in the heavenly realms."

Spiritual forces are arrayed against us. How thankful that spiritual forces are also arrayed for us. You do not see them. But they are there.

How thankful we ought to be for that. Elijah was part of that great struggle. At this particular point he was discouraged and disheartened. God sent an angel to help him. What grace God gave Elijah.

Thirdly, this teaches us that you should not refuse to stoop to help someone who has sinned, someone who has messed up.

We're lower than the angels. Yet they are sent to serve us and they do not shrink from that duty even when we have sinned. If that's the case, you should not shrink to serve those who have messed up and gotten themselves into difficulty. Jesus stooped to help us—we should not refuse to stoop to help others.

The third point that we see in our text is that God gave grace to Elijah

in enabling him to prefigure Christ.

In the New Testament we read that the teachers of the law said that the Messiah would not come until Elijah came first. (Matthew 17:10) To that Jesus replied,

"To be sure,
Elijah comes and will restore all things.
But I tell you,
Elijah has already come,
and they did not recognize him,
but have done to him everything they wished.
In the same way the Son of Man
is going to suffer at their hands."

Elijah prefigured Christ. He took 40 days to get to Horeb. In the Bible the number 40 is significant. A quick word search will show you that. There are so many connections with the number 40. But for our purposes we should remember that the Israelites wandered in the wilderness for 40 years, one year for each day that the spies were in the land.

It's interesting that according to Deuteronomy 1:2 it takes
eleven days to go from Horeb to Kadesh Barnea. Elijah was near Beersheba when he began this journey, and Beersheba about 40 miles from Kadesh Barnea, which should only be a three or four day journey. So it appears that Elijah took about 3 times longer to get to Horeb than he should have. M.B. Van't Veer writes, (My God is Yahweh, p. 367)

"We must therefore conclude that Elijah was wandering in the wilderness."



Elijah seems to have retraced some of the journey of the Israelites in the wilderness. He then come to Horeb, the mountain of God.

We should also remember that Jesus was led into the wilderness by the Spirit and that He fasted for 40 days and nights before He was tempted by the devil. He then left the wilderness and preached in Galilee, most notably delivering the Sermon on the Mount.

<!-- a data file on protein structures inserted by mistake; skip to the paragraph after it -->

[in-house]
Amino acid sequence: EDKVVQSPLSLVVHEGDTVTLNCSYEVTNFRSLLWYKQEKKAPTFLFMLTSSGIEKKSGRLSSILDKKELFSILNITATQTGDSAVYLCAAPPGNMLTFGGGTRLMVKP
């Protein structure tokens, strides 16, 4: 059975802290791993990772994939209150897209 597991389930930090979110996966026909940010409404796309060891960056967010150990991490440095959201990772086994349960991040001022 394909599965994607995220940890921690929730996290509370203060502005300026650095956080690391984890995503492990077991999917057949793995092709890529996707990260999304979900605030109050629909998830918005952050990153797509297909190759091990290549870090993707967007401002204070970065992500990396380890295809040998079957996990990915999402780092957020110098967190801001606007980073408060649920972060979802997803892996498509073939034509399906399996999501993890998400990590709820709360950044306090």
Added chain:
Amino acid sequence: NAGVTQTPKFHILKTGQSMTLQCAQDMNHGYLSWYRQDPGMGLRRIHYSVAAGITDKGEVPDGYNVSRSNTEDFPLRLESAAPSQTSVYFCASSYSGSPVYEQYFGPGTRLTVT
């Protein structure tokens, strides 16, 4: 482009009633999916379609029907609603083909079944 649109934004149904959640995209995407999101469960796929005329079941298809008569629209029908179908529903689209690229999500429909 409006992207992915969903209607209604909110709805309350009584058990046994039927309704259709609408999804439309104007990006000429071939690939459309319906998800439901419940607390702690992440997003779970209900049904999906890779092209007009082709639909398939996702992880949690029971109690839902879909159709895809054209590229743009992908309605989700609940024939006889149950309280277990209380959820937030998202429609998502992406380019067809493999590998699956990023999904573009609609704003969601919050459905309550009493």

Now, I don't know the full significance of these things—but I will say that Elijah was prefiguring Christ and also that He was retracing the steps of the Israelites in the wilderness.

I'm sure that some of this was to help Elijah. He was reminded of the Israelites sin. He was reminded that God did bring His people to the promised land. He was reminded that He, like Moses, was not able to do that—only God could do it. But God is faithful and He did do it.

Elijah retraced their steps. His doing so reminds me of Hebrews 12:1. We read,

"Therefore, since we are surrounded
by such a great cloud of witnesses,
let us throw off everything that hinders
and the sin that so easily entangles,
and let us run with perseverance
the race marked out for us."

He goes on to tell us,

"Let us fix our eyes on Jesus,
the author and perfecter of our faith,
who for the joy set before him endured the cross,
scorning its shame,
and sat down at the right hand of the throne of God.
Consider him who endured
such opposition from sinful men,
so that you will not grow weary and lose heart."

God was showing Elijah how He works things out. Elijah did learn the lesson. He was the one who was going to come to prepare the way for the Messiah. John the Baptist was called Elijah. But the reference to Elijah was not exhausted in him. Elijah became known as the restorer of all things. Elijah's forty days in the wilderness was a throwback to the spies exploring the land of Canaan and Israel's forty years in the wilderness because of their sin. His forty days was a prefigure of Christ in the wilderness—after which Jesus did battle with the devil and won a great victory over him. Jesus won the promised land for us. Elijah prefigured these things. What grace God gave to him.

Christians, love Jesus. Trust Him. He does not treat us as our sins deserve.

Lastly, for those of you who are not Christians, this shows you

how much you need grace.

Elijah was a great man. He was a great prophet. But he would have been lost without grace. The same is true of you. You need Jesus. You need His grace to save you. Without it you'll be lost. Go to Jesus now.